Returning to Sports After Your Shoulder Surgery

Any injury, no matter how small, can be frustrating to an avid sports participant. It’s especially frustrating if you need surgery to correct or heal the injury. This typically means weeks or months of downtime and difficulty returning to your sport, but it doesn’t have to. 

Dr. W. Joseph Absi and his team at Orthopaedics of Atlanta and Aesthetic Institute specialize in treating your shoulder injury, and most importantly, seeing you back in playing form as soon as possible. 

Shoulder basics

Your shoulder is a very large and complex joint. It consists of your upper arm bone (humerus) and your shoulder blade (scapula) which fit together like a ball and socket. There are numerous other smaller bones, ligaments, tendons, and muscles that work together to form your shoulder. 

Because your shoulder is so complicated, too much undue stress or too many unnatural movements while playing sports leave it vulnerable to a variety of injuries. 

Some common sports-related shoulder injuries that require surgery are tears and dislocations. These happen especially if you engage in high-contact sports like football, basketball, and soccer, or sports that require you to make repetitive, forceful overhead motions like swimming, baseball, basketball, tennis, and volleyball. 

Dr. Absi’s expert surgical care is effective in repairing any damage or dislocation, but you might be worried about how surgery will affect your playing time. While we can’t promise you’ll be back to 100% immediately, we can share our tips on how to make that comeback as quickly as possible.  

Tips on returning to your sport

Dr. Absi knows how important it is for you to get off the bench and back in the game. Here are a few things he recommends for you to do just that:

Listen to our recommendations

It can be so tempting to jump off the bench and straight onto the field. While some recovery times are quicker than others, it’s extremely important that you adhere to Dr. Absi’s medical advice. 

Keeping your shoulder from any movement or force for as long as Dr. Absi recommends not only ensures that you’re back as soon as possible, but it lessens the likelihood of reinjuring yourself in the process. Typically, you can return to your sport when you’re not experiencing any more pain and have regained your full range of motion.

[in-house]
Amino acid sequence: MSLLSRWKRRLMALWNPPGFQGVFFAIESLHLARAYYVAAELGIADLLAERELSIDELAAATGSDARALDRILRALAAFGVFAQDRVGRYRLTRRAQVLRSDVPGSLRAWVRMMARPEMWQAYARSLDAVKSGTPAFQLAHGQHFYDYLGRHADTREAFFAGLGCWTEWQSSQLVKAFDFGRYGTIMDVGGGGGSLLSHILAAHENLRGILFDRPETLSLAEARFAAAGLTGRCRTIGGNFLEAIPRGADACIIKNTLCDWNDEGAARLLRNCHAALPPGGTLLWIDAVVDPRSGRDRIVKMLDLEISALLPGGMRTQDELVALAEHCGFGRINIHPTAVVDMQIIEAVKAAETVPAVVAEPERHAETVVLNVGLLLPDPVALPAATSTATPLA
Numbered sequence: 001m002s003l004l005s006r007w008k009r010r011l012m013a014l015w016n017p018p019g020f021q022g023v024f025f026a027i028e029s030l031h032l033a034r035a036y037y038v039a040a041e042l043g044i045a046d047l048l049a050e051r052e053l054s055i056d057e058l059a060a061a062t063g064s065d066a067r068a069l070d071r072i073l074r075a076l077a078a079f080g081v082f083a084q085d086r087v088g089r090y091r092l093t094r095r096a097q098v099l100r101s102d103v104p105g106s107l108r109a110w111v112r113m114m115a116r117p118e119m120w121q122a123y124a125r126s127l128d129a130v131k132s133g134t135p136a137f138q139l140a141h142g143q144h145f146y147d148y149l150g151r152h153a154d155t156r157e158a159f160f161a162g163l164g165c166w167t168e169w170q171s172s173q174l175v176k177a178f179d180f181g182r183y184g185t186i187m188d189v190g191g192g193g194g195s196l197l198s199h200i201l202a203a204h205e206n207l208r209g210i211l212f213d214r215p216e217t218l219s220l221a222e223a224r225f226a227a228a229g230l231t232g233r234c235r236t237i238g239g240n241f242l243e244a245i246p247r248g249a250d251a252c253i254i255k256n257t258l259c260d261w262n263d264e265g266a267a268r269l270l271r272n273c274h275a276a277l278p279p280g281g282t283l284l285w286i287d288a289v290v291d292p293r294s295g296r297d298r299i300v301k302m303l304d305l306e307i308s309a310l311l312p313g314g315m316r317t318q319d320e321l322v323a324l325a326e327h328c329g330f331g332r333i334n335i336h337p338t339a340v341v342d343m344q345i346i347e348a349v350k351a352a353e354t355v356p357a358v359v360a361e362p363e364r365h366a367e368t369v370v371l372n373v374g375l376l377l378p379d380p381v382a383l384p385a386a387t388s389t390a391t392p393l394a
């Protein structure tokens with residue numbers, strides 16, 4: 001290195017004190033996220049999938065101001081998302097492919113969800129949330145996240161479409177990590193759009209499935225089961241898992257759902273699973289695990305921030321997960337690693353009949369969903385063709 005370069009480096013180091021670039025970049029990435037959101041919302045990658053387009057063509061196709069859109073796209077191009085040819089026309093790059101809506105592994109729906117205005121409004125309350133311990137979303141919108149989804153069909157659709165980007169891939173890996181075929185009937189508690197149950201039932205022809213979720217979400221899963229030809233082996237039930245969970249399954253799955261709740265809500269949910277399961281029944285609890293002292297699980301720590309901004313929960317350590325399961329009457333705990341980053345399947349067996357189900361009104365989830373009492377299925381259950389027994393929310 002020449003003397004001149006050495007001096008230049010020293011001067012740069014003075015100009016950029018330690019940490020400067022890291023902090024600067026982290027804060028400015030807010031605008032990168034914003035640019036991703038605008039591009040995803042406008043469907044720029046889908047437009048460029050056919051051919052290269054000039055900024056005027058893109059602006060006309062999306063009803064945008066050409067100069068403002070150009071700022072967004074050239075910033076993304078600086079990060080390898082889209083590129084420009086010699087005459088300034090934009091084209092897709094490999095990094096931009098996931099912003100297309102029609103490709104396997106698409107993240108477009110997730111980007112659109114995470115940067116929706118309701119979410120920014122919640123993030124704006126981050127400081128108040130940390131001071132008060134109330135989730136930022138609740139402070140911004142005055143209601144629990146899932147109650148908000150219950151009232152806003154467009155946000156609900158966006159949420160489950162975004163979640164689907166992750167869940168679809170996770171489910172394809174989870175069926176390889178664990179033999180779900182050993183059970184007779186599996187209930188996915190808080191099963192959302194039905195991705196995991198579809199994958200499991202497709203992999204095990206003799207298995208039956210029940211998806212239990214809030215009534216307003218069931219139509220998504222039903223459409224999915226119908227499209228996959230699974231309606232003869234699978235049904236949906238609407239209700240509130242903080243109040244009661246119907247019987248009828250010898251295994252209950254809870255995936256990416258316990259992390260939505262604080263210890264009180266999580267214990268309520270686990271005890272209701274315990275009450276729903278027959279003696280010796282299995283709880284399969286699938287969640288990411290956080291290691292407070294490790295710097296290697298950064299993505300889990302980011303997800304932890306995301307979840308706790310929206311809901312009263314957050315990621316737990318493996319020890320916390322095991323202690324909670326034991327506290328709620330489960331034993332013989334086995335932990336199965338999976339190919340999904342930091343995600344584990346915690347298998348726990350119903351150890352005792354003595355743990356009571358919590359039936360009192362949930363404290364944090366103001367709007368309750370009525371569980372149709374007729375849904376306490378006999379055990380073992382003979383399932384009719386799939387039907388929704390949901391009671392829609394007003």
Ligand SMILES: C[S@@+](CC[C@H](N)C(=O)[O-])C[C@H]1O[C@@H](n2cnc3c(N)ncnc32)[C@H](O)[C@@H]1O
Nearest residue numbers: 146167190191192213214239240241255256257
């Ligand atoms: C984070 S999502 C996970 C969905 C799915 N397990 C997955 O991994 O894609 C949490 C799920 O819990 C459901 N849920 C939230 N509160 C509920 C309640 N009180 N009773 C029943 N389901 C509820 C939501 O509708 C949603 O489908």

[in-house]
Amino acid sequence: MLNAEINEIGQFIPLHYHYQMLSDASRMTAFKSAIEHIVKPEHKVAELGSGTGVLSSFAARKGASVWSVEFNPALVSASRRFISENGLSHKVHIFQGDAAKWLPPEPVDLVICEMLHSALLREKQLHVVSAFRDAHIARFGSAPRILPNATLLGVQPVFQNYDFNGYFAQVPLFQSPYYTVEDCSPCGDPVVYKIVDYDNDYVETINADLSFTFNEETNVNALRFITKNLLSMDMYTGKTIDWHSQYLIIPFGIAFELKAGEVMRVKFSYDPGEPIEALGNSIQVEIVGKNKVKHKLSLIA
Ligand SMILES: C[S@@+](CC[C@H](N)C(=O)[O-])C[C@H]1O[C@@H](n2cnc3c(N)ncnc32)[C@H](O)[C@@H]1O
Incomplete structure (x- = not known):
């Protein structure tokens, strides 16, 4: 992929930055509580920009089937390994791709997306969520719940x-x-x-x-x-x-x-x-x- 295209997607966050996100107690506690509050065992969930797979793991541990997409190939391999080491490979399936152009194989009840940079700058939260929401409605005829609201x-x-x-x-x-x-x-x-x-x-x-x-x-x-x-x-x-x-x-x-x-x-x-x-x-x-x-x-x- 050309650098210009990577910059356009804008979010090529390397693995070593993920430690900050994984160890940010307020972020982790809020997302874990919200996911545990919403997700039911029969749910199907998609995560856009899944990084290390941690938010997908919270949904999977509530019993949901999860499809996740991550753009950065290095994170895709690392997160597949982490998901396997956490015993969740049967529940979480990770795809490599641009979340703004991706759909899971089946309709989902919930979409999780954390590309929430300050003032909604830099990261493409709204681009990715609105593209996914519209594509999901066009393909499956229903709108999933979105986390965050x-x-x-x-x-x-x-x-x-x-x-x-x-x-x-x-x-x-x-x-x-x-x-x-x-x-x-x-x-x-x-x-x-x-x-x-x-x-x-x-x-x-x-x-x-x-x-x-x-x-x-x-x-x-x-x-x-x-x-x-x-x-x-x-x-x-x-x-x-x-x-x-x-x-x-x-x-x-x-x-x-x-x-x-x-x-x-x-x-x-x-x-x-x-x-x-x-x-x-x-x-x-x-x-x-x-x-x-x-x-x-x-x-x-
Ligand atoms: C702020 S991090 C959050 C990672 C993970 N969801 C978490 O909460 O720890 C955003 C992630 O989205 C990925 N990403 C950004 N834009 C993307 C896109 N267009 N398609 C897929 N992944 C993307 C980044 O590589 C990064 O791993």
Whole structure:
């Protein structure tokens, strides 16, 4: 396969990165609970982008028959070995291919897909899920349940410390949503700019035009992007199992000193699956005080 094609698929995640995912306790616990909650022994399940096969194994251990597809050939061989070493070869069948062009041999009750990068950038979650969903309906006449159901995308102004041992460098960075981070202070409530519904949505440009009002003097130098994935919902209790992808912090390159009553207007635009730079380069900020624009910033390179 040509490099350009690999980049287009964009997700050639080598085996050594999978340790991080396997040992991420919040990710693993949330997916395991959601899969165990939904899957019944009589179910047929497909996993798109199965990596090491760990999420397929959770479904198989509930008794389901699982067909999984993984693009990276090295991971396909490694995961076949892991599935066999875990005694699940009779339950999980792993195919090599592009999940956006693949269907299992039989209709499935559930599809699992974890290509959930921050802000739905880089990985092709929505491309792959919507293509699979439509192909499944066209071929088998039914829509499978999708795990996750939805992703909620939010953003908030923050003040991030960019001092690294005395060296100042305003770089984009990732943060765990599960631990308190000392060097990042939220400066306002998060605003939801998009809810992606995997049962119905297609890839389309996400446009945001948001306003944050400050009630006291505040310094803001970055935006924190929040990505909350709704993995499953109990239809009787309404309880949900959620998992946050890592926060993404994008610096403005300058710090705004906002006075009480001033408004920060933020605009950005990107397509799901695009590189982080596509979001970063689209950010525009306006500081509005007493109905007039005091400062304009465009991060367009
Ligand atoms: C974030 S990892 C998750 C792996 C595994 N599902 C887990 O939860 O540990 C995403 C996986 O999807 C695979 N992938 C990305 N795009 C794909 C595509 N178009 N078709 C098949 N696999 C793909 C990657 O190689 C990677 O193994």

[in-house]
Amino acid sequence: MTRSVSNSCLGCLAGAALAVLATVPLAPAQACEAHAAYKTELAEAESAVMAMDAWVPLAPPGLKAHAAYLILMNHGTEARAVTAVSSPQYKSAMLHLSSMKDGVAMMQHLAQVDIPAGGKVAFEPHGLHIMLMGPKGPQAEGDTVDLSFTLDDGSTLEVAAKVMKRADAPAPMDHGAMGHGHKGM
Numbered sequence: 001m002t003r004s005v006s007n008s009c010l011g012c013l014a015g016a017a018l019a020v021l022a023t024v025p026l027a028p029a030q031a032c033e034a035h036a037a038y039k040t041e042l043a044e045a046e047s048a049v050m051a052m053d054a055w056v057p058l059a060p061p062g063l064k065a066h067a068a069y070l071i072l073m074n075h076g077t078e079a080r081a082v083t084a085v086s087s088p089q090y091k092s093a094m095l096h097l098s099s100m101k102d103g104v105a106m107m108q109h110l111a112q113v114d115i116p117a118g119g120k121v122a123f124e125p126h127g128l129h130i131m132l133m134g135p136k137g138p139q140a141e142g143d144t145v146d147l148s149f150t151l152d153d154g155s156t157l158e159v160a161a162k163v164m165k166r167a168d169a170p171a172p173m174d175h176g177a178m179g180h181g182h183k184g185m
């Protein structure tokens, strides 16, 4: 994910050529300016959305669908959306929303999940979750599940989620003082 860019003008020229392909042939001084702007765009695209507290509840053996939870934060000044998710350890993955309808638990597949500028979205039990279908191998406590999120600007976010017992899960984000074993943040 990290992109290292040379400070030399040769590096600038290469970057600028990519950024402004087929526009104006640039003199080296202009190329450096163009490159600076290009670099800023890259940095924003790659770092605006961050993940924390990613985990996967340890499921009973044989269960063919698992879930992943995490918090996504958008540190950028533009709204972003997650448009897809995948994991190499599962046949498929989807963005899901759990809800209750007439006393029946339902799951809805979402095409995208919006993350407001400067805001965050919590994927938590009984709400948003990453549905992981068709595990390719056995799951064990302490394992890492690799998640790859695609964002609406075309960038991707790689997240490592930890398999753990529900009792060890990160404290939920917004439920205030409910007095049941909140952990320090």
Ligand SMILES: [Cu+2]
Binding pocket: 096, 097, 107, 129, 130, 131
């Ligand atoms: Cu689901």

Listen to yourself

Or, more appropriately, your shoulder. Pain signals from your shoulder are especially important to listen to following shoulder surgery. If you feel shoulder pain, tiredness, or instability, stop your activity immediately. 

It’s best to return to your sport gradually. Don’t swing your hardest or hit with full force until you and Dr. Absi are certain your shoulder is ready. Of course, you’re always encouraged to schedule follow-up appointments with us to evaluate and discuss your post-op concerns. 

Increase your cardio

While you’re sitting out, you’ll likely be in a sling or other immobilizer to protect your shoulder. The best thing you can do for your eventual return is to focus on your cardiovascular conditioning. Maintaining this aspect of your fitness keeps your body strong and as close to playing condition as possible, making your comeback as smooth as it can be. 

Don’t let the fear of getting surgery keep you from playing the game. Dr. Absi and his expert team are dedicated to your recovery and ultimately your return to the playing field. When you’re ready to treat your shoulder pain without losing your momentum, call our office at 404-334-2929 or schedule an appointment online today. 

You Might Also Enjoy...

How to Protect Your Knees When You Work Out

Your knees are complex joints that can be prone to injury, even from a simple workout. Learn how to protect your knees while enjoying a strenuous workout with these simple tips from an orthopaedic specialist.

Is Hip Replacement Inevitable?

We all want to avoid surgery if we can help it, but hip pain rarely responds to conservative treatment for long. Take heart, because you have options, and hip replacement may be avoidable..

When to See a Doctor for a Sprain

A sprain might seem like a minor thing, but some sprains require medical intervention to heal properly. To learn when it’s time to make a doctor’s appointment, use this guide.